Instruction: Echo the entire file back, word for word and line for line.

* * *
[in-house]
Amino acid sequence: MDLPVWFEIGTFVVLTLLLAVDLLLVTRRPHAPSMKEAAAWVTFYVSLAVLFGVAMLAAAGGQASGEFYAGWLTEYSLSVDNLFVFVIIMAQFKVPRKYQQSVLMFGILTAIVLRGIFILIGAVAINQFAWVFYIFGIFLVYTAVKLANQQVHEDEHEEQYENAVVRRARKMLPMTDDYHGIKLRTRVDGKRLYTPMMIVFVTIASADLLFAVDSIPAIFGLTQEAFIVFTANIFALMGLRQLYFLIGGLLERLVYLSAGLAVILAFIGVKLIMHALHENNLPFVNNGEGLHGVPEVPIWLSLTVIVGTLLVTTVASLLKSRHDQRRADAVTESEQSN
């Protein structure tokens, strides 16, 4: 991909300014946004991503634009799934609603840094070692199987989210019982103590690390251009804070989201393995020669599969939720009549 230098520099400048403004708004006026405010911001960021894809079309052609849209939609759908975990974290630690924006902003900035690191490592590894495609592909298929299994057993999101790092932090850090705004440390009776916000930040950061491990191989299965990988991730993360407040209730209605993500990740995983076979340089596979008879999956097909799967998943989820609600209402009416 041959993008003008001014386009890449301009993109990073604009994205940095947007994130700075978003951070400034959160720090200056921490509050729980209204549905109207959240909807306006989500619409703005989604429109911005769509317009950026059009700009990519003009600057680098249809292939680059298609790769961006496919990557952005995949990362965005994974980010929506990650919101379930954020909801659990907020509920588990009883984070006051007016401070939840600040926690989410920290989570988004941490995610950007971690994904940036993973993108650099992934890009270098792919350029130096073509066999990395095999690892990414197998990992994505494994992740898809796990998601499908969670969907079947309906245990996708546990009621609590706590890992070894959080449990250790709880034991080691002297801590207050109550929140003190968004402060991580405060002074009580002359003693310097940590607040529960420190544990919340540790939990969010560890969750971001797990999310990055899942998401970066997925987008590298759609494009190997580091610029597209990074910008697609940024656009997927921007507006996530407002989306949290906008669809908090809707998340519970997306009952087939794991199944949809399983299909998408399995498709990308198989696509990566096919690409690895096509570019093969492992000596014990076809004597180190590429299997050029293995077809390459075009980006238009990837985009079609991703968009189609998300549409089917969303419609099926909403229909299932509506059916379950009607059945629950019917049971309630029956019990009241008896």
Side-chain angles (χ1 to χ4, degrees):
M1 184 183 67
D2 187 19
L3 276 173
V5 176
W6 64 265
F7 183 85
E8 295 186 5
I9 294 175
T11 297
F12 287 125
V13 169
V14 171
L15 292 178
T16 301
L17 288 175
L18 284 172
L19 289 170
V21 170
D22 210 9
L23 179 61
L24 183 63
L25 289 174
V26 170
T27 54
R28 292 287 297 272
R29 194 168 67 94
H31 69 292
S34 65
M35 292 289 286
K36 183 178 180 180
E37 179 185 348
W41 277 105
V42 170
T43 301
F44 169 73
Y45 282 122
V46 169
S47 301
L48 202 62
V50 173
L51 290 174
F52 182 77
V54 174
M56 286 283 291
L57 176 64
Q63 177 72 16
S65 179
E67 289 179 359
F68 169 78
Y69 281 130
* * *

[in-house]
Amino acid sequence: MDLPVWFEIGTFVVLTLLLAVDLLLVTRRPHAPSMKEAAAWVTFYVSLAVLFGVAMLAAAGGQASGEFYAGWLTEYSLSVDNLFVFVIIMAQFKVPRKYQQSVLMFGILTAIVLRGIFILIGAVAINQFAWVFYIFGIFLVYTAVKLANQQVHEDEHEEQYENAVVRRARKMLPMTDDYHGIKLRTRVDGKRLYTPMMIVFVTIASADLLFAVDSIPAIFGLTQEAFIVFTANIFALMGLRQLYFLIGGLLERLVYLSAGLAVILAFIGVKLIMHALHENNLPFVNNGEGLHGVPEVPIWLSLTVIVGTLLVTTVASLLKSRHDQRRADAVTESEQSN
């Protein structure tokens, strides 16, 4: 991909300014946004991503634009799934609603840094070692199987989210019982103590690390251009804070989201393995020669599969939720009549 230098520099400048403004708004006026405010911001960021894809079309052609849209939609759908975990974290630690924006902003900035690191490592590894495609592909298929299994057993999101790092932090850090705004440390009776916000930040950061491990191989299965990988991730993360407040209730209605993500990740995983076979340089596979008879999956097909799967998943989820609600209402009416 041959993008003008001014386009890449301009993109990073604009994205940095947007994130700075978003951070400034959160720090200056921490509050729980209204549905109207959240909807306006989500619409703005989604429109911005769509317009950026059009700009990519003009600057680098249809292939680059298609790769961006496919990557952005995949990362965005994974980010929506990650919101379930954020909801659990907020509920588990009883984070006051007016401070939840600040926690989410920290989570988004941490995610950007971690994904940036993973993108650099992934890009270098792919350029130096073509066999990395095999690892990414197998990992994505494994992740898809796990998601499908969670969907079947309906245990996708546990009621609590706590890992070894959080449990250790709880034991080691002297801590207050109550929140003190968004402060991580405060002074009580002359003693310097940590607040529960420190544990919340540790939990969010560890969750971001797990999310990055899942998401970066997925987008590298759609494009190997580091610029597209990074910008697609940024656009997927921007507006996530407002989306949290906008669809908090809707998340519970997306009952087939794991199944949809399983299909998408399995498709990308198989696509990566096919690409690895096509570019093969492992000596014990076809004597180190590429299997050029293995077809390459075009980006238009990837985009079609991703968009189609998300549409089917969303419609099926909403229909299932509506059916379950009607059945629950019917049971309630029956019990009241008896």
Side-chain angles (χ1 to χ4, degrees):
M1 184 183 67
D2 187 19
L3 276 173
V5 176
W6 64 265
F7 183 85
E8 295 186 5
I9 294 175
T11 297
F12 287 125
V13 169
V14 171
L15 292 178
T16 301
L17 288 175
L18 284 172
L19 289 170
V21 170
D22 210 9
L23 179 61
L24 183 63
L25 289 174
V26 170
T27 54
R28 292 287 297 272
R29 194 168 67 94
H31 69 292
S34 65
M35 292 289 286
K36 183 178 180 180
E37 179 185 348
W41 277 105
V42 170
T43 301
F44 169 73
Y45 282 122
V46 169
S47 301
L48 202 62
V50 173
L51 290 174
F52 182 77
V54 174
M56 286 283 291
L57 176 64
Q63 177 72 16
S65 179
E67 289 179 359
F68 169 78
Y69 281 130